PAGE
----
That the guards are willing passers is one reason to post them up, but the Sixers wings and big men are also jump shooters. To post up a guard effectively, you need shooters who can space the floor. With Holiday, Richardson, Turner (if he keeps to the corner three), Nick Young, Dorell Wright, and even Spencer Hawes (I don’t like it either, but 43 percent is still 43 percent, for now) as threats from three, the guards will have space to operate.

Another added benefit would be shot-creation for the second unit. With Holiday as the main ball-handler, Turner needs to become the playmaker the bench unit needs when Jrue is on the bench. Luckily for him, there are more than a few backup point guards that are much smaller than 6’7.

Posting up their guards is not something that the Sixers can make their base offense. It’s not something they can do against every team. But it’s something that their players seem to do well, and when you are almost at the bottom of the barrel in NBA offense, it’s something that needs to be done more than a few throwaway times.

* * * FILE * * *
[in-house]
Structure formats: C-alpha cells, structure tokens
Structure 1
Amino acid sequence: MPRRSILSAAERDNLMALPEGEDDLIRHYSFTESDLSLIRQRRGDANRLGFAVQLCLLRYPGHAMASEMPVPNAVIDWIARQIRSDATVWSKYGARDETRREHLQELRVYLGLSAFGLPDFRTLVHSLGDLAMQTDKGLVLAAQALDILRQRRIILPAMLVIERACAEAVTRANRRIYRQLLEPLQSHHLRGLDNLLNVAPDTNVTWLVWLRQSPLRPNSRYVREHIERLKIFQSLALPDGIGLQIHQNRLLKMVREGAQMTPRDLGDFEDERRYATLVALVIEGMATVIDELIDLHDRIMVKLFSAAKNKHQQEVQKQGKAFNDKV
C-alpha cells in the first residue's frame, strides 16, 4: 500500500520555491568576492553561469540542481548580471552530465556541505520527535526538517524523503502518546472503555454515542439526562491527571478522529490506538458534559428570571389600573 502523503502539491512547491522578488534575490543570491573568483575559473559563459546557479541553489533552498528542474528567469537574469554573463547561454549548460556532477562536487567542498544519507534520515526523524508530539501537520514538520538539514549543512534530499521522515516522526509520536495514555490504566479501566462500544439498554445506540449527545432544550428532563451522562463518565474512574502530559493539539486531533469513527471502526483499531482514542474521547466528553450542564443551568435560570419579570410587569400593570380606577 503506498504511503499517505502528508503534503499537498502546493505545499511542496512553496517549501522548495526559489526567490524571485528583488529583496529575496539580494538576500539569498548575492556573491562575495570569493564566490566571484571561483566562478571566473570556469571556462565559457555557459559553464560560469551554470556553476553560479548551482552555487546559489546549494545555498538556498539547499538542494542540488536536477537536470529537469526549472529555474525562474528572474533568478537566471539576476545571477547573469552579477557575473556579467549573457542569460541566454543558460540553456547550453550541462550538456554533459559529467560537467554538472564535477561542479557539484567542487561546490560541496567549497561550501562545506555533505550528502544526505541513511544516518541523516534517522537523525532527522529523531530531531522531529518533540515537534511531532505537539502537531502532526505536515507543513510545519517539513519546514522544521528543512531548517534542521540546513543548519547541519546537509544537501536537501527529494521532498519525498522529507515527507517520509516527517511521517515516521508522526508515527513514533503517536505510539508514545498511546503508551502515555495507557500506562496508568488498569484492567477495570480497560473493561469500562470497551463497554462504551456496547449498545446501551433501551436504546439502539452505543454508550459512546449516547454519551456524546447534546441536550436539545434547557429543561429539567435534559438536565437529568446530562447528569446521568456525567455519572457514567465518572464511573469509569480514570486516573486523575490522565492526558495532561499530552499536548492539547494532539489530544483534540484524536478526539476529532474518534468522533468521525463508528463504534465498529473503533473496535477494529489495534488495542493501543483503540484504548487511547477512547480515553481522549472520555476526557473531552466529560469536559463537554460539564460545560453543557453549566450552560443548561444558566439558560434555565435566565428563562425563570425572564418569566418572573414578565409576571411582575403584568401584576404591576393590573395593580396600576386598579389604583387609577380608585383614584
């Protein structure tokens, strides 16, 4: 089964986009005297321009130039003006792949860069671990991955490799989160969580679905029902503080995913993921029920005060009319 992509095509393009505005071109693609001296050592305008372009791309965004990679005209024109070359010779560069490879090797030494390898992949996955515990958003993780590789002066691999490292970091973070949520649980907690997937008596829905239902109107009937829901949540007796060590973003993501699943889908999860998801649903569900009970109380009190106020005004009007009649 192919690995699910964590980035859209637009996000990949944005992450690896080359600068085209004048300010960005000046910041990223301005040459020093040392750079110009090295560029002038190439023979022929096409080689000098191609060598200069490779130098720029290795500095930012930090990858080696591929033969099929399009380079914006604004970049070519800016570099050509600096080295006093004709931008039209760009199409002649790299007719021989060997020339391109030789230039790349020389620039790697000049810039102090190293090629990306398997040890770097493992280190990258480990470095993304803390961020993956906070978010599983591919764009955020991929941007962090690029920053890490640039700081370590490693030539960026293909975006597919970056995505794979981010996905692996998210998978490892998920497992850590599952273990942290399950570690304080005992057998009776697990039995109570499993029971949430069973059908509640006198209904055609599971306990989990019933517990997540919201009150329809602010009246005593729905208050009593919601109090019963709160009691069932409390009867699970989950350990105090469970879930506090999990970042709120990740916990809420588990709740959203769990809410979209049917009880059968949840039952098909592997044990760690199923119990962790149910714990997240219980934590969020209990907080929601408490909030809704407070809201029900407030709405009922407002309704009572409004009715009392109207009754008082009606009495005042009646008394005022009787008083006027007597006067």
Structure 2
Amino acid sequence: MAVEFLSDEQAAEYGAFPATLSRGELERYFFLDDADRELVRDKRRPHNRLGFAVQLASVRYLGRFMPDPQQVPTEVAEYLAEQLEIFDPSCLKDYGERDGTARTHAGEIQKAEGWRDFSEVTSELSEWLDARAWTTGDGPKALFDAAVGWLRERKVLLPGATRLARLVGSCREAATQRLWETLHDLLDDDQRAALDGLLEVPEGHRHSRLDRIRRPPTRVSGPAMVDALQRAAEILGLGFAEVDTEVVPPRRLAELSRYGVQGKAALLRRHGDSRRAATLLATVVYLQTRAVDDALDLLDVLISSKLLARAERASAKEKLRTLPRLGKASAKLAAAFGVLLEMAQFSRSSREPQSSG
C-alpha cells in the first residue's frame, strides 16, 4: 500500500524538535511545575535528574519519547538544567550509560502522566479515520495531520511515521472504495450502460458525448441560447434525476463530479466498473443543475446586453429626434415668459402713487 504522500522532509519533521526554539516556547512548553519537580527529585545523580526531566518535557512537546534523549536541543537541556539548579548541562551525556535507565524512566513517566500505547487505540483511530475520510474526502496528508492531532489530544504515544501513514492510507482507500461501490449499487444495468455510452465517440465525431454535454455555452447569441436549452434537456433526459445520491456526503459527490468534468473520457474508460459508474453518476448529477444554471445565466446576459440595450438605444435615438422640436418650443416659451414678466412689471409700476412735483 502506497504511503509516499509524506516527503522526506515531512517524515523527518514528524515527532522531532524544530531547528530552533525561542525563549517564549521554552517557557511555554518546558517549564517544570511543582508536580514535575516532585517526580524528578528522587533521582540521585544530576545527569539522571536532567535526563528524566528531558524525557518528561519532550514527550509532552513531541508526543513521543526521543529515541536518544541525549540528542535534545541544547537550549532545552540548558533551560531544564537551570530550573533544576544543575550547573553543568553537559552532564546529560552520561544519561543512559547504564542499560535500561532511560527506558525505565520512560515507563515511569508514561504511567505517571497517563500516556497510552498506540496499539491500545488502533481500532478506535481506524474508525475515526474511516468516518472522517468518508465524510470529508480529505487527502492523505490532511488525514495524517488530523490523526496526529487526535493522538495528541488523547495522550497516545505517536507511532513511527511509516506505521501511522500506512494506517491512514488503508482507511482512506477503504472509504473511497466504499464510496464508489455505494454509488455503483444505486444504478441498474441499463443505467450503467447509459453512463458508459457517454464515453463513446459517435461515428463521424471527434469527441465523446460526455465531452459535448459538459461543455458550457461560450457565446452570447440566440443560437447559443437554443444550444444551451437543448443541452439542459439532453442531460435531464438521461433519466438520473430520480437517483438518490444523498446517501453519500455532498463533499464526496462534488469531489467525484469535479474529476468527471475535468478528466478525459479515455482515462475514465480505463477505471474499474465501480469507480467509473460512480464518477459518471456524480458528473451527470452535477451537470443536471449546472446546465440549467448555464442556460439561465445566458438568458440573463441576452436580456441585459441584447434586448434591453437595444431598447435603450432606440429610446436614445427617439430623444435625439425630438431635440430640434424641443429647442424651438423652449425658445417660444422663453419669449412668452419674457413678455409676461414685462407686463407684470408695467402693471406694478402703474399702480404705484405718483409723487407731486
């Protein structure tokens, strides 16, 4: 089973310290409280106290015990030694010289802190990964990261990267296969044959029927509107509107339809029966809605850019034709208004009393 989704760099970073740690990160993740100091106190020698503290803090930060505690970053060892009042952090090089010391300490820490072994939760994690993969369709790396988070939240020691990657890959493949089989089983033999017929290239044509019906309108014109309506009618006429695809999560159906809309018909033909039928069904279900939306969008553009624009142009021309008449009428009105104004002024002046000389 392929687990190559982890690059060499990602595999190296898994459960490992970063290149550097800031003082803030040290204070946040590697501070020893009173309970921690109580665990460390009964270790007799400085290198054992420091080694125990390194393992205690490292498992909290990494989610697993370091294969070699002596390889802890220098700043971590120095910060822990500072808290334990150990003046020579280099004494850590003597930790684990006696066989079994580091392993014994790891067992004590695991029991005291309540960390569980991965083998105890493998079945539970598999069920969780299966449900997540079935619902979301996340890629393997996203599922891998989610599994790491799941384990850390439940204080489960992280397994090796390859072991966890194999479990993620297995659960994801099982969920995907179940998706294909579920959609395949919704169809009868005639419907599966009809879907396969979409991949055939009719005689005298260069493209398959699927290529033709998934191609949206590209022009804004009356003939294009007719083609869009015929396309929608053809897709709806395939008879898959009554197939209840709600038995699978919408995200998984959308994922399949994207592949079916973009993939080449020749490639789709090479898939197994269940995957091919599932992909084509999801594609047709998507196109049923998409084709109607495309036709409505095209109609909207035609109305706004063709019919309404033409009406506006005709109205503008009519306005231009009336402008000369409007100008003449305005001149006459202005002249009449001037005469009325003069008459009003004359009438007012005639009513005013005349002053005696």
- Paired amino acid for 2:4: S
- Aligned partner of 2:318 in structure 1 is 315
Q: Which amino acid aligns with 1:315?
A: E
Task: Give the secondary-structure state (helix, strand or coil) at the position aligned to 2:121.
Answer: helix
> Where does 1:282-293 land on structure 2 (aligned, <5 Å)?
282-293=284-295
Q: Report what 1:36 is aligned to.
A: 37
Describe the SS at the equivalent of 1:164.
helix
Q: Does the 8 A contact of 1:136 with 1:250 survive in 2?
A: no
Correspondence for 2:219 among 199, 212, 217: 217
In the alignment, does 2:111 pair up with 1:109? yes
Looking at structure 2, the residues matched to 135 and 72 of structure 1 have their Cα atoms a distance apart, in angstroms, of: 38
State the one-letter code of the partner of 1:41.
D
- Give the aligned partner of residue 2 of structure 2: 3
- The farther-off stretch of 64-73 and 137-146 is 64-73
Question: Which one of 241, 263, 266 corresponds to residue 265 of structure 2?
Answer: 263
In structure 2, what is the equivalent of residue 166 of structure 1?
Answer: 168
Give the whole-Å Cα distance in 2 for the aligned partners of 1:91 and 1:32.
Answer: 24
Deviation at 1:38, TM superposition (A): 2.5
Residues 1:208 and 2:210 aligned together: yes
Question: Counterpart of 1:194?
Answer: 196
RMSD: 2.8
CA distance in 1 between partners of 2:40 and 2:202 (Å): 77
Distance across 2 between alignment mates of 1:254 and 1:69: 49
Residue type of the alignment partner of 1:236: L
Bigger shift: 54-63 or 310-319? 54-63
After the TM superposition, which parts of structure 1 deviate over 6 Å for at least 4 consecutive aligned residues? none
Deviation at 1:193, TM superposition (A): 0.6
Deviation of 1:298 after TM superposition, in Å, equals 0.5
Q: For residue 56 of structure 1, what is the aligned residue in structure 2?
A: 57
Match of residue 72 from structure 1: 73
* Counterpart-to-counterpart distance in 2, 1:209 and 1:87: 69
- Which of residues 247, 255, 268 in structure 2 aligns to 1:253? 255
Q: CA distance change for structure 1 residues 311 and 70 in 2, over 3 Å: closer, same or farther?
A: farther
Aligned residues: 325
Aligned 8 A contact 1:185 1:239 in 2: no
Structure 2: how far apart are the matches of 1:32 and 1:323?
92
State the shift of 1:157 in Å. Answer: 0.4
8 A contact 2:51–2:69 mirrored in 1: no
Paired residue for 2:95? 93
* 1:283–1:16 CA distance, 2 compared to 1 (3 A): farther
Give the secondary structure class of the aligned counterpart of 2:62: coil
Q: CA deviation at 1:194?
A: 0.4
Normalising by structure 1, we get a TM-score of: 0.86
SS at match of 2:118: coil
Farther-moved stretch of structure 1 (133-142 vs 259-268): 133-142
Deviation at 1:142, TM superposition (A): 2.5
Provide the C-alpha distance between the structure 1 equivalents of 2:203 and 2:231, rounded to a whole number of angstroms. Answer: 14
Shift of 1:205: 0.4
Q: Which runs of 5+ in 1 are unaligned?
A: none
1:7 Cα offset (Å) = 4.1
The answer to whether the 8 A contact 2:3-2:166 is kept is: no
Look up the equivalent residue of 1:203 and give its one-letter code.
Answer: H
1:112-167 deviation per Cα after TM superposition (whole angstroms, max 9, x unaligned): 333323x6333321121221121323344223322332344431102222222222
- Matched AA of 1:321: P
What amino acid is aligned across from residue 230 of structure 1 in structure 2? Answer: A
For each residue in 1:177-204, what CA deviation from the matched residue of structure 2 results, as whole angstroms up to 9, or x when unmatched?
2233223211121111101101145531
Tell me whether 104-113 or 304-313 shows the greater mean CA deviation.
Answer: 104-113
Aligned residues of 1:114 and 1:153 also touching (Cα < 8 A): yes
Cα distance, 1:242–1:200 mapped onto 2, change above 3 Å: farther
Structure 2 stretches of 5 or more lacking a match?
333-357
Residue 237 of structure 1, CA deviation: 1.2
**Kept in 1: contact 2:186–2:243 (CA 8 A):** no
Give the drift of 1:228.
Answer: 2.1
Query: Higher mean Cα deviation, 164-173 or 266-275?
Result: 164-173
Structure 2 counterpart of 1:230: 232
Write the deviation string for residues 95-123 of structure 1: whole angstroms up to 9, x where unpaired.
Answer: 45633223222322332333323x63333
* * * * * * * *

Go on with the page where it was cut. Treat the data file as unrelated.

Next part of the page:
The Great: Jrue’s One-on-One Defense against Kyrie

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Kyrie Irving is a great offensive player. His isolation game is deadly because he can score in so many ways: Shoot the three if you give him space, cross you over and shoot a jumper, beat you to the tin by going right, left, or a combination of both. That Irving still gets a decent shot off on this play is mighty impressive. That Holiday was able to legitimately beat Irving to the spot and turn him on five different occasions, even more so.

The Bad: The Lavoy/J-Rich Dribble Handoff

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This was just a little thing I noticed last night. I don’t like Richardson having to negotiate screens as a playmaker. He’s fine putting the ball on the floor after he spots up, but usually there’s less traffic and a clearer driving lane in those situations. And Lavoy, there’s not much to like about anything he’s doing offensively right now.